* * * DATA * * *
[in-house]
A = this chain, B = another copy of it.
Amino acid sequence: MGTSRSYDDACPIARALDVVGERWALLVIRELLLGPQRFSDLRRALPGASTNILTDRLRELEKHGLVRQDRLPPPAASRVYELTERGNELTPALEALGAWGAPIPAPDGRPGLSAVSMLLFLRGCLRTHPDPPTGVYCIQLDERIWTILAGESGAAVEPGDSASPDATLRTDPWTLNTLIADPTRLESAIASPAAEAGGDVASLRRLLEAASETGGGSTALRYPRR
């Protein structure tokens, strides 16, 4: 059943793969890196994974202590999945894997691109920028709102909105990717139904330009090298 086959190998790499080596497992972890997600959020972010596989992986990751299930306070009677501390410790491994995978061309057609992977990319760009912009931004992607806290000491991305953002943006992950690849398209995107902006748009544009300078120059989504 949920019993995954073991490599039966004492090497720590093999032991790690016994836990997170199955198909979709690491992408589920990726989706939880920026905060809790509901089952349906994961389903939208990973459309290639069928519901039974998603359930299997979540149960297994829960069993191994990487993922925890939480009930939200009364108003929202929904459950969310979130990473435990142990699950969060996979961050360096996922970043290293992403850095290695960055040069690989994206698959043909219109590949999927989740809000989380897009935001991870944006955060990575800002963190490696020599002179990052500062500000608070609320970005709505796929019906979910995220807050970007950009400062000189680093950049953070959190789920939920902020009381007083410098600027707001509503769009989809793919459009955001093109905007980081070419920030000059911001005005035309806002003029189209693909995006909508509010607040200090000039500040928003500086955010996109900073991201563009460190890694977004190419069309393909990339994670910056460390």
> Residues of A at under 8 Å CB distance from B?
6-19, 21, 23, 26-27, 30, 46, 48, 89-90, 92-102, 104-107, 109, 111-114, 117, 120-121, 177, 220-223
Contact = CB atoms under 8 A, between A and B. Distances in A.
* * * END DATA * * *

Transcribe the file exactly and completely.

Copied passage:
[in-house]
A = this chain, B = another copy of it.
Amino acid sequence: MGTSRSYDDACPIARALDVVGERWALLVIRELLLGPQRFSDLRRALPGASTNILTDRLRELEKHGLVRQDRLPPPAASRVYELTERGNELTPALEALGAWGAPIPAPDGRPGLSAVSMLLFLRGCLRTHPDPPTGVYCIQLDERIWTILAGESGAAVEPGDSASPDATLRTDPWTLNTLIADPTRLESAIASPAAEAGGDVASLRRLLEAASETGGGSTALRYPRR
């Protein structure tokens, strides 16, 4: 059943793969890196994974202590999945894997691109920028709102909105990717139904330009090298 086959190998790499080596497992972890997600959020972010596989992986990751299930306070009677501390410790491994995978061309057609992977990319760009912009931004992607806290000491991305953002943006992950690849398209995107902006748009544009300078120059989504 949920019993995954073991490599039966004492090497720590093999032991790690016994836990997170199955198909979709690491992408589920990726989706939880920026905060809790509901089952349906994961389903939208990973459309290639069928519901039974998603359930299997979540149960297994829960069993191994990487993922925890939480009930939200009364108003929202929904459950969310979130990473435990142990699950969060996979961050360096996922970043290293992403850095290695960055040069690989994206698959043909219109590949999927989740809000989380897009935001991870944006955060990575800002963190490696020599002179990052500062500000608070609320970005709505796929019906979910995220807050970007950009400062000189680093950049953070959190789920939920902020009381007083410098600027707001509503769009989809793919459009955001093109905007980081070419920030000059911001005005035309806002003029189209693909995006909508509010607040200090000039500040928003500086955010996109900073991201563009460190890694977004190419069309393909990339994670910056460390």
> Residues of A at under 8 Å CB distance from B?
6-19, 21, 23, 26-27, 30, 46, 48, 89-90, 92-102, 104-107, 109, 111-114, 117, 120-121, 177, 220-223
Contact = CB atoms under 8 A, between A and B. Distances in A.